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Paula E. Sheppard,
Island of Lost Souls (1974) is a Mexican Exploitation film following, not very successfully I might add, in the footsteps of the superb, Papillon (1973). Basically it is a poor man's version of an island convict escape attempt but there's really no big escape to set the piece up.
It's composed of vignettes and forced labor scenes and a beginning story that is blatantly absurd.
René Cardona Sr, who was an in-house Mexican Director, along with his son, did the film. Together they produced, directed and distributed numerous low-budget Exploitation films that weren't very good but are noted for having burnt out Hollywood actors and exotic themes (Guyana: Crime of the Century (1979), Carlos the Terrorist (1979), Cyclone (1978), The Bermuda Triangle (1978), ¡Tintorera! Tiger Shark (1977)).
It's padded by mundane scenes, that are most of the time, boring and don't add any drama. A hilarious escape scene includes a convict trying to make a swim for it against the wave current with a dead Pelican hat in full view of the guards. He's blown to bits by a fused dynamite (how it stayed lit in water we never know).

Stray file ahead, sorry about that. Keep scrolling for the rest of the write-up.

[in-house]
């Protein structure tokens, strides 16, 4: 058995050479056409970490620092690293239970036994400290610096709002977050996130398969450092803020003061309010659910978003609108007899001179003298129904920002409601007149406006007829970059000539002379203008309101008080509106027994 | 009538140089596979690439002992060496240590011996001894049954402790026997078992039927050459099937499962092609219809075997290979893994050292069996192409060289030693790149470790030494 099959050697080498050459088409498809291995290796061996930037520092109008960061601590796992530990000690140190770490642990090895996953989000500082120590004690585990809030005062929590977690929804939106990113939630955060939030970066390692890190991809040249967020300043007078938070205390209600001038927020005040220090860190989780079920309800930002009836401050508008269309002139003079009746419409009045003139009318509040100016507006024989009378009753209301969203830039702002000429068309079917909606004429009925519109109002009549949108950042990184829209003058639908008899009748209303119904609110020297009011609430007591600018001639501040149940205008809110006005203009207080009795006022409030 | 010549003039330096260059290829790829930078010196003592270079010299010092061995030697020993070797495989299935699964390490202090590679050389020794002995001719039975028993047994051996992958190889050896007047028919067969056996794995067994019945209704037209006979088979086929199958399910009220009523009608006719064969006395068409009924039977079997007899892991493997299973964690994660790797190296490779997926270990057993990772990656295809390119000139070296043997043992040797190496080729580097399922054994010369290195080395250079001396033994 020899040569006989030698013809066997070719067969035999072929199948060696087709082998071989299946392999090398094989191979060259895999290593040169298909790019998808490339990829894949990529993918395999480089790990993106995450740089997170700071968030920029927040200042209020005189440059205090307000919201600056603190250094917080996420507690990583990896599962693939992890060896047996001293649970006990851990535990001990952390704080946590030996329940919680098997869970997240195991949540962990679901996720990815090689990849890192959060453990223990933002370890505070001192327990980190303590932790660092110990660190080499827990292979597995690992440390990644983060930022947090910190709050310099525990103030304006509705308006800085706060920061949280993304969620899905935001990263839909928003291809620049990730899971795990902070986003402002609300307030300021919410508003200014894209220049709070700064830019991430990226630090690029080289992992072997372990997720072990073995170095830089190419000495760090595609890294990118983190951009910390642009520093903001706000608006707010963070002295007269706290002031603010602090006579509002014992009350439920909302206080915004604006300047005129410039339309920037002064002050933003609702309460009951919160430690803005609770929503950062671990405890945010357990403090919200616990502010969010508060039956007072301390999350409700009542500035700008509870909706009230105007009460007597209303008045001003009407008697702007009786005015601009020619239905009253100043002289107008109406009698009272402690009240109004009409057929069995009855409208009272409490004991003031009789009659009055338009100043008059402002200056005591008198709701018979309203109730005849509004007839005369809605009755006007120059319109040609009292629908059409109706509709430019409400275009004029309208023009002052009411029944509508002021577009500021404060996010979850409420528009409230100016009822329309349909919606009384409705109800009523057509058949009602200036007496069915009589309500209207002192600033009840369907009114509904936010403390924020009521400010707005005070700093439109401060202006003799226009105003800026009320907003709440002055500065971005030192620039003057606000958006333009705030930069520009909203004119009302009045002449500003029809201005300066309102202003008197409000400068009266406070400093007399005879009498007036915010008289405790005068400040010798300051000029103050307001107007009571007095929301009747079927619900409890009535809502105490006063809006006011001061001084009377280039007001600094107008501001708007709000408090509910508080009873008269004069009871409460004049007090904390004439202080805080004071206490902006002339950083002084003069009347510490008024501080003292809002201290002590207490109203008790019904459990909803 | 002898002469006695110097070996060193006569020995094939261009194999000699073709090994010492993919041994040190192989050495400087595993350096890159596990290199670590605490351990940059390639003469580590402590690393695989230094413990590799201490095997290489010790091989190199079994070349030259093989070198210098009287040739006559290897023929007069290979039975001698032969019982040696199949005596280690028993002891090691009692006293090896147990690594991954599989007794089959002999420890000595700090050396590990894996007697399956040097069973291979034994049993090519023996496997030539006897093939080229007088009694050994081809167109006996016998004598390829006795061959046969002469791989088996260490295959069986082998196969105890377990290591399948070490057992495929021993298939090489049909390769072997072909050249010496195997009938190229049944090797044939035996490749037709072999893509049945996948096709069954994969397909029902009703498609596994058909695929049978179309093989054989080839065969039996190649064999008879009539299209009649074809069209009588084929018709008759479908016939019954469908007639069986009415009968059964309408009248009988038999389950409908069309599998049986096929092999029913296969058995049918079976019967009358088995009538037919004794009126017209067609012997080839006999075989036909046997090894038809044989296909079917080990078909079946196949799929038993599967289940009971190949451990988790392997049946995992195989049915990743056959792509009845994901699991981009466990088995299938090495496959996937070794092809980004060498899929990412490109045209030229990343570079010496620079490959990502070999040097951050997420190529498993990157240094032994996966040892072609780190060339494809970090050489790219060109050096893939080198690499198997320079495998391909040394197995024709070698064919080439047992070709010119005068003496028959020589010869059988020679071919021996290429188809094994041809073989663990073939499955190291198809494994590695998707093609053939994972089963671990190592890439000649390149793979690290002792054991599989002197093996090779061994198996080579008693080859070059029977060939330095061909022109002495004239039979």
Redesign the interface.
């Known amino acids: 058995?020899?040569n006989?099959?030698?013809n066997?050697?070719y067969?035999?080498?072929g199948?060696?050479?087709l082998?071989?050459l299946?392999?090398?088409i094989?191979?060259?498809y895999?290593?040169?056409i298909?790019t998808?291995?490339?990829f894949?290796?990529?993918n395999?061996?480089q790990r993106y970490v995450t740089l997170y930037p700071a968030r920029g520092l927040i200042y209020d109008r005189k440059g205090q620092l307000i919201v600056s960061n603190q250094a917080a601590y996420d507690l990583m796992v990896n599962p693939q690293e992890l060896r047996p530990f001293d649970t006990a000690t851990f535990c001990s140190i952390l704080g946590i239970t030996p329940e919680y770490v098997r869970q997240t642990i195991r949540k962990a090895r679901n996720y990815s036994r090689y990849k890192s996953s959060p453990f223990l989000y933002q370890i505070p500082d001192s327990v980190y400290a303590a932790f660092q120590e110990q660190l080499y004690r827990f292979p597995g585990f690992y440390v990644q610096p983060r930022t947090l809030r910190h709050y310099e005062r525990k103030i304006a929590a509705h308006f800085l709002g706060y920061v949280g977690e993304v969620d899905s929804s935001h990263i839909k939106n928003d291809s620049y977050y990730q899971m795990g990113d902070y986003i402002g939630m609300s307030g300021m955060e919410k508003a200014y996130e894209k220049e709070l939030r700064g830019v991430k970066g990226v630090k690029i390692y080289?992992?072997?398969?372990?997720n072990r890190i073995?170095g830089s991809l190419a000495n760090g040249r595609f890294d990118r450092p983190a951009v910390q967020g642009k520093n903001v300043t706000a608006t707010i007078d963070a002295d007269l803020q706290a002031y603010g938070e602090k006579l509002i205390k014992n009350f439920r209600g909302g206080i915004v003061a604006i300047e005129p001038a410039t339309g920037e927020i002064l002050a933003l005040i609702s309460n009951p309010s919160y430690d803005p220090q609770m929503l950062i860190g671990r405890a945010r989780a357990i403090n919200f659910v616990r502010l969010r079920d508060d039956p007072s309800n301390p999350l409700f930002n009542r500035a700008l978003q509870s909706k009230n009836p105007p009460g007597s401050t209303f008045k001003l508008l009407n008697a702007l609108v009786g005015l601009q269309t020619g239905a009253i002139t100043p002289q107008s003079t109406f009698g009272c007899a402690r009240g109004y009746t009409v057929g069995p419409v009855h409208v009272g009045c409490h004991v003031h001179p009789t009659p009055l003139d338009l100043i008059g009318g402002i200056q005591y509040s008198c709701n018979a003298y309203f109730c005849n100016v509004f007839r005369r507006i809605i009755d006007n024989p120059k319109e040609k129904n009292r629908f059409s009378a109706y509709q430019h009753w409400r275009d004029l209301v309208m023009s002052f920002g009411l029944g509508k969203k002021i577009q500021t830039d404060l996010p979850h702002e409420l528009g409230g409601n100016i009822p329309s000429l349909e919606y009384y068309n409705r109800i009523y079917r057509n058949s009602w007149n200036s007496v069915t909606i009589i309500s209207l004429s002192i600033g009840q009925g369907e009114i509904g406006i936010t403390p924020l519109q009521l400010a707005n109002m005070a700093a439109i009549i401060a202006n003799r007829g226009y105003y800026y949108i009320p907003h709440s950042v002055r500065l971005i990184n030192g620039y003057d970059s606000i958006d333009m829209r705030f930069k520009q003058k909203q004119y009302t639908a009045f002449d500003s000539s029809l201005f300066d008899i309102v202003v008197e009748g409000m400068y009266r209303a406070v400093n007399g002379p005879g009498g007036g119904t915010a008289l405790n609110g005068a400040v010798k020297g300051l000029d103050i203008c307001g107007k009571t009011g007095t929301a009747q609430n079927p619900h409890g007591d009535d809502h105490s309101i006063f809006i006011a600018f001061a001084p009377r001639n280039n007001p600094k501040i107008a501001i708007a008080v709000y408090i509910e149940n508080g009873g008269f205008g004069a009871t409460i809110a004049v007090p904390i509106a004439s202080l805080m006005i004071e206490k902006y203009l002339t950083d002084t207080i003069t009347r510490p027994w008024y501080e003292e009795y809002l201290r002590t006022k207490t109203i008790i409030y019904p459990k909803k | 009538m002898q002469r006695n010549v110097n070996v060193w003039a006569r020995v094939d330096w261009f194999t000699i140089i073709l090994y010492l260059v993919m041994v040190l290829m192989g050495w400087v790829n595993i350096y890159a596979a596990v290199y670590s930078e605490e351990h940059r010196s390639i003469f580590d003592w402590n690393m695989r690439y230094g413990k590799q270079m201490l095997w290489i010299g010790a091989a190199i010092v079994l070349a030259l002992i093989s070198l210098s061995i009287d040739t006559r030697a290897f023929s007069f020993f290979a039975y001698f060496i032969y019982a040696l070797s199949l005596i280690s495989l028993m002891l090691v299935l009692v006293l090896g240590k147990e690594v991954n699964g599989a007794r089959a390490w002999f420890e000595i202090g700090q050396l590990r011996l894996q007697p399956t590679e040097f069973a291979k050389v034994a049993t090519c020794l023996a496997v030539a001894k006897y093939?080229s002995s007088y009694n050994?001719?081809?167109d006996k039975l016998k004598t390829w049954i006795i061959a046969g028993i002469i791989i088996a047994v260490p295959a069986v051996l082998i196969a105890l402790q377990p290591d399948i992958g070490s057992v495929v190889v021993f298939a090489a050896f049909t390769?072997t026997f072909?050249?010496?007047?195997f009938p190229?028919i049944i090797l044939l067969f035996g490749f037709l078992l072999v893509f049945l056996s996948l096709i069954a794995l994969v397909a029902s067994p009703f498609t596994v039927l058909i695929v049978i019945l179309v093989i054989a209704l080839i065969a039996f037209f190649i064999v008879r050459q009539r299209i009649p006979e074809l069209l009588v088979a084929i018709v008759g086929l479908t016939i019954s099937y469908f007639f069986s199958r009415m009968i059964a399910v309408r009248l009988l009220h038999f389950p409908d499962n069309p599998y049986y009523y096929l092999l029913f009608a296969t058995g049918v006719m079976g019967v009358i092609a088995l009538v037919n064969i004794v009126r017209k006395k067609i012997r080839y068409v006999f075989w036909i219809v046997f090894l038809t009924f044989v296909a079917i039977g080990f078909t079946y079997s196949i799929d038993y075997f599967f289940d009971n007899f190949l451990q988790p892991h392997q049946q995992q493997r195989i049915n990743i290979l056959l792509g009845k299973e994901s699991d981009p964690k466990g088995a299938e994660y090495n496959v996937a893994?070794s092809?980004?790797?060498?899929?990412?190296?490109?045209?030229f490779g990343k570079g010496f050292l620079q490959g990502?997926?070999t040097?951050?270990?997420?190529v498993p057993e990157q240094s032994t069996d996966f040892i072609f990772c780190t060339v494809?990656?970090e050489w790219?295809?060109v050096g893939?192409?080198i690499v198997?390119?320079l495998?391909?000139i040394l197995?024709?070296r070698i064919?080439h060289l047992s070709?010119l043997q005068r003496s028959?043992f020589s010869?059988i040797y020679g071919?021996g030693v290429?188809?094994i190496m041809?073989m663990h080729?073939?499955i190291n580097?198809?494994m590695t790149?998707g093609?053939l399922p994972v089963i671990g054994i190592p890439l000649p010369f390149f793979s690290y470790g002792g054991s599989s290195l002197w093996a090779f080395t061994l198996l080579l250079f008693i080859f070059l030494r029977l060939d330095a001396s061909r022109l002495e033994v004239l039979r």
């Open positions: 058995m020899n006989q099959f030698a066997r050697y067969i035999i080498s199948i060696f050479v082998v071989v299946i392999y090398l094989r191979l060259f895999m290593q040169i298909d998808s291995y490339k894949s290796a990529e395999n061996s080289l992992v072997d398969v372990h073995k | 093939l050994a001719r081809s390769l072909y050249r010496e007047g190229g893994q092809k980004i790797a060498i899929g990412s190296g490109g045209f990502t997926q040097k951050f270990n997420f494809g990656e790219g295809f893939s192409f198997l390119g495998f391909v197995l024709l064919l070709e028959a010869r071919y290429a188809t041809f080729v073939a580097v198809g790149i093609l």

What's lacking is any concern for the main character, who is an annoying 40 year old "young man" who was wronged by a lascivious land owner. He disappears for most of the film and it takes a turn for the bizarre when the General goes mad and declares the prison a "free republic" but threatens to cut off the gonads of anyone attempting an escape. He faces a modern 1960's ship (notice radar) with an 1865 cannon in another unintentional comic scene. Guess who wins?
It's based on a novel, the author, whom I surmise was stuck on "Devil's Island" -- Islas Marías Federal Prison (Built in 1905), Islas Marías (an archipelago of four islands that belong to Mexico).
In all, there's not much here but see it if you have to at least for the laughable scenes and tinted color of the film stock.
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